Wednesday, February 12, 2014

The Importance of Creating Your Own Color Wheel

One of the things that I have talked a great deal about in my blog is the use of color. My biggest complaint, and to be more than fair, my crutch as well, has been the demand for a multitude of colors, many barely a shade off of each other from acrylic paint manufacturers, rather than mixing your own colors from a few basic colors. The old masters and any good painter today uses a basic palette of about 12 or so colors, with white and maybe black included. With those few colors they are able to create just about any color in the million or so colors our eyes can distinguish.

I mentioned in an earlier blog that if you create a new color from two colors you have already used, the color will fit in perfectly. You almost don't need to use that new color here and there because the parent colors have already been used.

To prove my point, I am showing you a color wheel I created in a class where we used a basic palette and used two mixing colors, Pthalo Blue and Indian Yellow with other basic colors so show what you can create. There are other combinations that I will talk about another time that show a basic color and a dab of another one down say 8 steps that takes the pure color of a ultramarine blue with additional dabs of white or maybe Indian Yellow down those steps creating colors you would never have guessed. As we created them we were all stunned. Yet, it takes practice and that is something that many of us are not willing to do.

Possibly a short term short cut is to create colors as you work a painting. Adding one color to another to create what you think you want may lead you down a wonderful path of discovery, one that you may not have planned but because you did it yourself, you will not soon forget. As you can see above, it doesn't take long for a color to change and yet, EVERY SINGLE COLOR in that wheel fits perfectly and you can easily create a painting with those colors and never have to worry about getting the right color ever again! I can hear the complaints about "what if we can't get that same color again?" Does it matter? Does it have to be exact? You know what colors were used and I have found that at times you create and even better color that is then brushed across already painted areas giving additional depth and texture to the painting.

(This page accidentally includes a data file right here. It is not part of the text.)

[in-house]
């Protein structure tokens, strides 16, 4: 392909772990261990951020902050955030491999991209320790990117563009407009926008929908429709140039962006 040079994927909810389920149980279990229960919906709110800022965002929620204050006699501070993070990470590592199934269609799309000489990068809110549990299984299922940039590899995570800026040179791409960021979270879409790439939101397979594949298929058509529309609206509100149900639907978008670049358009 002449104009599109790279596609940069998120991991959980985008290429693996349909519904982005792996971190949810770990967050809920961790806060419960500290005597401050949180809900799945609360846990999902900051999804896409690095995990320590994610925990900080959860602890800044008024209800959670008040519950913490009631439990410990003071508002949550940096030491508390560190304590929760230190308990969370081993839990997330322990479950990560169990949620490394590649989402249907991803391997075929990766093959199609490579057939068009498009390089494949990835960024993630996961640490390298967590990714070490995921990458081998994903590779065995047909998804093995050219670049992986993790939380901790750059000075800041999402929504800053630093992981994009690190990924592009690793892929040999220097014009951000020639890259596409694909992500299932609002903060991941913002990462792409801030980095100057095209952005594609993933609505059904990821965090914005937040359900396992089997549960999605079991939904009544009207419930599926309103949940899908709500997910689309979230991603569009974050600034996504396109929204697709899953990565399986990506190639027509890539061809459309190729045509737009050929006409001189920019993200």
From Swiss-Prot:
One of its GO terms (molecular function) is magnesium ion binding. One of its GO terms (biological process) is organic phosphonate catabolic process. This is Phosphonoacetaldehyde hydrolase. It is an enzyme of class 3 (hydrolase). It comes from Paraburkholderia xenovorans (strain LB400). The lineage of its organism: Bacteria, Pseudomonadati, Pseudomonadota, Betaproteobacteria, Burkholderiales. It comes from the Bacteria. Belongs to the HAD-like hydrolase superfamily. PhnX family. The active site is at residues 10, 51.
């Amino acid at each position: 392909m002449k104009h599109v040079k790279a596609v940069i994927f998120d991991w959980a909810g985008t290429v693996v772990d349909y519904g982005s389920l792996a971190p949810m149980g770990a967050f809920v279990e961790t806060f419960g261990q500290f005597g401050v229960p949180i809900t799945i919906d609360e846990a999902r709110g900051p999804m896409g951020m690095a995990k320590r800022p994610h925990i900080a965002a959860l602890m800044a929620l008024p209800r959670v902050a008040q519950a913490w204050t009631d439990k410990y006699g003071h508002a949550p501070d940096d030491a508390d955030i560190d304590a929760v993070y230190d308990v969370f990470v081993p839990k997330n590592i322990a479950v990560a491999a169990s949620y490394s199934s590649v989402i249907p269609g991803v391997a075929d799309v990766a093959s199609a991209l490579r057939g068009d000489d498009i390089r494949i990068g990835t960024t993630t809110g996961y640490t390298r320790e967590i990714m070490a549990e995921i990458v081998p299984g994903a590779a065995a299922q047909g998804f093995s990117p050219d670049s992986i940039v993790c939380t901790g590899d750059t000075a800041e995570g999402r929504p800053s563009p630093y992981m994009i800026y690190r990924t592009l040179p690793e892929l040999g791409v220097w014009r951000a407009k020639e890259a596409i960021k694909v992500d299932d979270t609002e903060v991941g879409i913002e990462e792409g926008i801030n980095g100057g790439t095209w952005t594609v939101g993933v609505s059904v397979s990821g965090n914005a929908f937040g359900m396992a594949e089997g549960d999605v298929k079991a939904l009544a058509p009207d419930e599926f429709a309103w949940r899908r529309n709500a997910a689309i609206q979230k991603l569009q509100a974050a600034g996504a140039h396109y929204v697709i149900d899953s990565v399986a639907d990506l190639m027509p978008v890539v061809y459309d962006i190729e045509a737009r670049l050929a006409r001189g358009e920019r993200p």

The same goes when using black and white. The very top step guide takes a basic black and adds a dab of medium more in each box going to the right. It goes from solid black to a pale grey. White is added to basic black in the next row and see what happens there as well. Blue? Well, if not truly blue, definitely a blue grey.

Until you give this a try, using a medium with any color successively as I did with the black or white successively as I did with the second row, you may never know what will happen.

I urge you all to give it a try. It works pretty much the same with oils or acrylics. Let the fun begin!

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